"I want to help you get blessed. Now hopefully you understand when I say 'get blessed' I don't mean you begin to bring your portion to the storehouse and you will become a multi-squillionaire. I'm not saying that, but some of you will. I said 'some of you will'....He's gonna make a lot of us a lotta money - I'm talking about God - because He knows if he can get it through us, he'll get it to us. But the problem is, God wants to bless a lot of you, but you're in the Jordan River, in your floaties, splashing around thinking a mission trip will do it, thinking another bible study will do it, thinking that serving the church will do it, thinking prayer will do it. It's all about the money. It's all about the money. Show....me....the...money."

Wednesday, July 11, 2012

Readers, Please Donate to the BGBC Defense Fund - Two Days Before Anti-SLAPP Hearing in BGBC Case

This Friday an important court hearing in Oregon will take place in the pastor Chuck O'Neal slander lawsuit. As I've discussed here on this blog, O'Neal is the pastor of Beaverton Grace Bible Church who has filed a $500,000 slander lawsuit against former church member Julie Anne Smith and others who dared to publicly criticize O'Neal and his church.

Friday's hearing will be for the judge to rule on Julie Anne's "anti-SLAPP" motion filed to dismiss O'Neal's ridiculous lawsuit. "SLAPP" is short for "strategic lawsuit against public participation" - meaning a defamation lawsuit designed to silence a critic by burdening them with the cost of a legal defense. In response to an increase in SLAPP's filed in the 1990's harming free speech, some states have created an "Anti-SLAPP" legal defense, which when exercised by a defendant, the plaintiff has a high burden to prove their case has merit else the judge must dismiss the lawsuit.
As this important hearing approaches, I wanted to encourage readers to consider making a contribution to the BGBC Survivors Legal Defense Fund by clicking below:

It is extremely important that we come to the aid of Julie Anne Smith and others who have been sued by their former pastor, Chuck O'Neal, for daring to use social media to raise awareness of what they consider to be a spiritually abusive pastor and church. Julie Anne faces mounting legal bills, and so do other defendants in this lawsuit - some have thousands of dollars of legal fees simply because O'Neal and BGBC decide to sue them but then later modified the complaint and dropped those defendants from the suit. Oh, the love of a pastor that sues and then drops the charges against the sheep.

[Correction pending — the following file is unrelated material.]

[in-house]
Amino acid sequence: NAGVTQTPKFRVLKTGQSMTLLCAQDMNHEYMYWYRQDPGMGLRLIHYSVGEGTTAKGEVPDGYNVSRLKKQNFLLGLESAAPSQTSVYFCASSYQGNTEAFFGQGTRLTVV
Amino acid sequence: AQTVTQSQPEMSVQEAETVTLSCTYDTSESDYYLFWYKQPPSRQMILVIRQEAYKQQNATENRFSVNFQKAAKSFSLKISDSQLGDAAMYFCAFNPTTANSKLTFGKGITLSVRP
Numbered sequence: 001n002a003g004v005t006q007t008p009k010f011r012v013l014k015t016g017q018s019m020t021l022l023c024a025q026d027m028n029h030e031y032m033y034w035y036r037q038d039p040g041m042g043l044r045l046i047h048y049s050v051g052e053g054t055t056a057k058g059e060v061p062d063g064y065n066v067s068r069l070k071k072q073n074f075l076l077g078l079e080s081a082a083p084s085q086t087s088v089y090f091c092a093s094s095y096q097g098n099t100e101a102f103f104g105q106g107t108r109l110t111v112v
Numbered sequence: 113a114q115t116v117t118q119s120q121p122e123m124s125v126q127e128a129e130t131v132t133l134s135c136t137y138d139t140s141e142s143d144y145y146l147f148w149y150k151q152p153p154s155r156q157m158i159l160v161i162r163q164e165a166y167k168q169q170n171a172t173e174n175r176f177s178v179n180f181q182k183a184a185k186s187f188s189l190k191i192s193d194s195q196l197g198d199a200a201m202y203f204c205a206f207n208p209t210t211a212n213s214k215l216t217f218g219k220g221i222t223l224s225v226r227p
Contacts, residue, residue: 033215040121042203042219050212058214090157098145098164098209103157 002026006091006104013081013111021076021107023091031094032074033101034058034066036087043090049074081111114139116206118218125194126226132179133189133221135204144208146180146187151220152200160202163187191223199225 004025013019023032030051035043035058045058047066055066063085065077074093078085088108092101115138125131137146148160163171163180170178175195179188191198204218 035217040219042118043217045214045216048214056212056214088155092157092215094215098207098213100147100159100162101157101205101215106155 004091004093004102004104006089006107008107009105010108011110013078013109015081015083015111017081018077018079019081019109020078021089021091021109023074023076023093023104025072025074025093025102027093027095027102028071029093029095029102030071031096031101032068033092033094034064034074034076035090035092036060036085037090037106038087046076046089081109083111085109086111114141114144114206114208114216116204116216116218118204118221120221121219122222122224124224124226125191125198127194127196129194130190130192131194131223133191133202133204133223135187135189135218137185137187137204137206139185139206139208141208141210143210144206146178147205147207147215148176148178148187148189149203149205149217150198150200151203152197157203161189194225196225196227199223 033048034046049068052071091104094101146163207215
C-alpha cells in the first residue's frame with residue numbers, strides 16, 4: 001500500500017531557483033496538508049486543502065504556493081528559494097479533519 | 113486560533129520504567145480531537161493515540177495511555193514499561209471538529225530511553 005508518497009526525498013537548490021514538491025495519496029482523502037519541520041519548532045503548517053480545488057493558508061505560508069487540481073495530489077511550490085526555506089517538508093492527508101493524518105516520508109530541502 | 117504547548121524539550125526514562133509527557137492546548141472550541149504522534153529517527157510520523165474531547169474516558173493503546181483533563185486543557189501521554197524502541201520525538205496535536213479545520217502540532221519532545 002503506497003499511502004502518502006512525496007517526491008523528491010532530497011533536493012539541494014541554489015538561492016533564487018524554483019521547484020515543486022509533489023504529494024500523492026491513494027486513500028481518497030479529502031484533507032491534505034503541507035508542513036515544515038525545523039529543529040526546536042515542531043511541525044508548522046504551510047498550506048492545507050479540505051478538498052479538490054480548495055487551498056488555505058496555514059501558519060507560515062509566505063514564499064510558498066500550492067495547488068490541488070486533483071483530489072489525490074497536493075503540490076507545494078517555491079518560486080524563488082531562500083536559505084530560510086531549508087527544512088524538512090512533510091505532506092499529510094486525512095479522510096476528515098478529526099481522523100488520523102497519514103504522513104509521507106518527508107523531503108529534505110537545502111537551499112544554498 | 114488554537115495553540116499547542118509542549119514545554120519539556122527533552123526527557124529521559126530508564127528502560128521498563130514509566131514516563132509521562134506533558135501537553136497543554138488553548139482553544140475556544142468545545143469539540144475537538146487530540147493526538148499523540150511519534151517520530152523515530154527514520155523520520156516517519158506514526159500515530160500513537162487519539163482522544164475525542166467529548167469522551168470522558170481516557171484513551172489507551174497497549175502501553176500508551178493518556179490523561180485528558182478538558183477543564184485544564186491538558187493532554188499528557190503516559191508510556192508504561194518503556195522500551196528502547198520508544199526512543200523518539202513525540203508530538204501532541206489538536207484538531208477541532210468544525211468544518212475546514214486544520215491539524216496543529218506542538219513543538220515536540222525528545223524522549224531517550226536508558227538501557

Since blogging arrived on the scene as a powerful force for Christian expression in 2005 and 2006, much opposition has arisen against those daring to speak up against preachers and denominational leaders. We can go back to the brutal attempts by IMB leadership to silence and discredit Wade Burleson in 2006, to Ergun Caner's sermon at the Georgia State Evangelism Conference in 2007 bashing bloggers, to Jerry Vines' spitting on anonymous emails at the 2007 Pastor's Conference. In the fall of 2007 the Georgia Baptist Convention passed their "Resolution on Blogging", and then the following year a Jacksonville police detective who also conveniently served on his church's discipline committee used subpoenas to find the author of this blog, and when sued the state attorney's office conveniently lost all the associated paperwork which may have justified pulling investigative subpoenas. Next we saw in 2009 at how Perry Noble's church staff went after a college professor who dared to criticize NewSpring church. And just a few weeks ago we had Ed Young declaring "Blog" stands for "basement living, opinion giving", and declaring bloggers live with their parents and blog in their undergarments.

Even in the midst of many bloggers acting independently to research and expose Ergun Caner's "decade of deceit" during 2010, Caner and his defenders tried to discredit bloggers as being "Calvinists" and "frustrated people in their basement" eating Cheetos. Ed Young followed Caner's example last month, blasting the evil "Calvinist" bloggers for being his harshest critics.

If nothing else, blogging has exposed these supposed "Men of God" as mere mortals who are really just professional religious profiteers whose religion and power has turned them into the very thing they preach against. This really is nothing new, all through the history of Christianity we see abusive professional religious men seeking to get their hands on people's money (and/or their genitals) to build religious institutions, satisfy their egos, and then to silence critics who rise up from within.

True, us bloggers don't always get things right, we make mistakes like any other human who dares to criticize those in power. But unlike most pastors, we welcome open dialogue on our blogs, and we can engage our harshest critics in the discussion on our blogs.